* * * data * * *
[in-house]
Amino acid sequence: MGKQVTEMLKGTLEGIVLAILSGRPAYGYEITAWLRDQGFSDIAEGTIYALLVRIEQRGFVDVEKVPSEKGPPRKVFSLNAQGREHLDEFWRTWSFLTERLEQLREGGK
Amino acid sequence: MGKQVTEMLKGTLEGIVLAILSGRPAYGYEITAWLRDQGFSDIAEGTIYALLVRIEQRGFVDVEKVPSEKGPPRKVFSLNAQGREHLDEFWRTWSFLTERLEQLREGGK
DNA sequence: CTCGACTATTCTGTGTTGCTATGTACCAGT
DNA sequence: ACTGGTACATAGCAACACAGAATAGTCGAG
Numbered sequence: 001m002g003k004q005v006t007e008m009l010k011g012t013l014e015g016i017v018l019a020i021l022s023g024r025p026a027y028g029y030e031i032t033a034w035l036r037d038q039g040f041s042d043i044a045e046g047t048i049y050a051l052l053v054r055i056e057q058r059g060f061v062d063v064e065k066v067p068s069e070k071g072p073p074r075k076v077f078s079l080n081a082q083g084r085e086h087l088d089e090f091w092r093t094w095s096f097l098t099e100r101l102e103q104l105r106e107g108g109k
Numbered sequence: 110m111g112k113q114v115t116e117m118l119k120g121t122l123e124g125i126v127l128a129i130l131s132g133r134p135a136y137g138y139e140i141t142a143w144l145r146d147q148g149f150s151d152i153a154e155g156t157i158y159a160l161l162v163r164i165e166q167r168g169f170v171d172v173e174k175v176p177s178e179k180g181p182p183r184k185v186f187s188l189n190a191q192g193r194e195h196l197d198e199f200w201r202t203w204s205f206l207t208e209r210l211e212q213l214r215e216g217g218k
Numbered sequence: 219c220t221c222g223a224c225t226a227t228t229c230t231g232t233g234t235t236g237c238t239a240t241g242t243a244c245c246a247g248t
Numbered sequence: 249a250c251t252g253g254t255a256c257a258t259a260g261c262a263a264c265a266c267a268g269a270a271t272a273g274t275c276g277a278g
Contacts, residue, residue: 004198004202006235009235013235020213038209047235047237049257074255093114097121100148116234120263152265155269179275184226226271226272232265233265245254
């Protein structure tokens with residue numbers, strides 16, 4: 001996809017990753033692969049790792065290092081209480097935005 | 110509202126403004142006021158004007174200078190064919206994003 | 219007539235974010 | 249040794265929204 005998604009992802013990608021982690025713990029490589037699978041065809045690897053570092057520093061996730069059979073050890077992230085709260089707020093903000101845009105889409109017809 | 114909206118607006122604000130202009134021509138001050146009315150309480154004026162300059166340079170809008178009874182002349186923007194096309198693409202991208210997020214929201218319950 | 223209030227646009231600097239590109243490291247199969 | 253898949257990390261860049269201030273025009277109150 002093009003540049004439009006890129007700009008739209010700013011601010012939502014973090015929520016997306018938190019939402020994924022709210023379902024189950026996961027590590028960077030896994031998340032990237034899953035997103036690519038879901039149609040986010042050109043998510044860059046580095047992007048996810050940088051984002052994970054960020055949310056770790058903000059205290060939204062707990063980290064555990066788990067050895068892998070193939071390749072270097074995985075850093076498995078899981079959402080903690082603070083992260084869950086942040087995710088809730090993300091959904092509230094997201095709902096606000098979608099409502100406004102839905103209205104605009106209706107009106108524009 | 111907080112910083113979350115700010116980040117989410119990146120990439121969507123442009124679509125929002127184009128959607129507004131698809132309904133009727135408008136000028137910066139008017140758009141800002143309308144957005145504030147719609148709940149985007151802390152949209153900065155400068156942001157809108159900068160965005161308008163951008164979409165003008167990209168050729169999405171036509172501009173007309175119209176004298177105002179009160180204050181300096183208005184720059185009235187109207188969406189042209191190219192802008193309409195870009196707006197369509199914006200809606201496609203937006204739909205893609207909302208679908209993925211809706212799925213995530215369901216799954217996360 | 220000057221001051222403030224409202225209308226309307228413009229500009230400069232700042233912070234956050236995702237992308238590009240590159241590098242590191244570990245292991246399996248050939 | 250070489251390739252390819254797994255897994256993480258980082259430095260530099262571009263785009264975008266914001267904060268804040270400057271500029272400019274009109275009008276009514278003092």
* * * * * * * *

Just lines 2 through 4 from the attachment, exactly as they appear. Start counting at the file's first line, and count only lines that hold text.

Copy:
Amino acid sequence: MGKQVTEMLKGTLEGIVLAILSGRPAYGYEITAWLRDQGFSDIAEGTIYALLVRIEQRGFVDVEKVPSEKGPPRKVFSLNAQGREHLDEFWRTWSFLTERLEQLREGGK
Amino acid sequence: MGKQVTEMLKGTLEGIVLAILSGRPAYGYEITAWLRDQGFSDIAEGTIYALLVRIEQRGFVDVEKVPSEKGPPRKVFSLNAQGREHLDEFWRTWSFLTERLEQLREGGK
DNA sequence: CTCGACTATTCTGTGTTGCTATGTACCAGT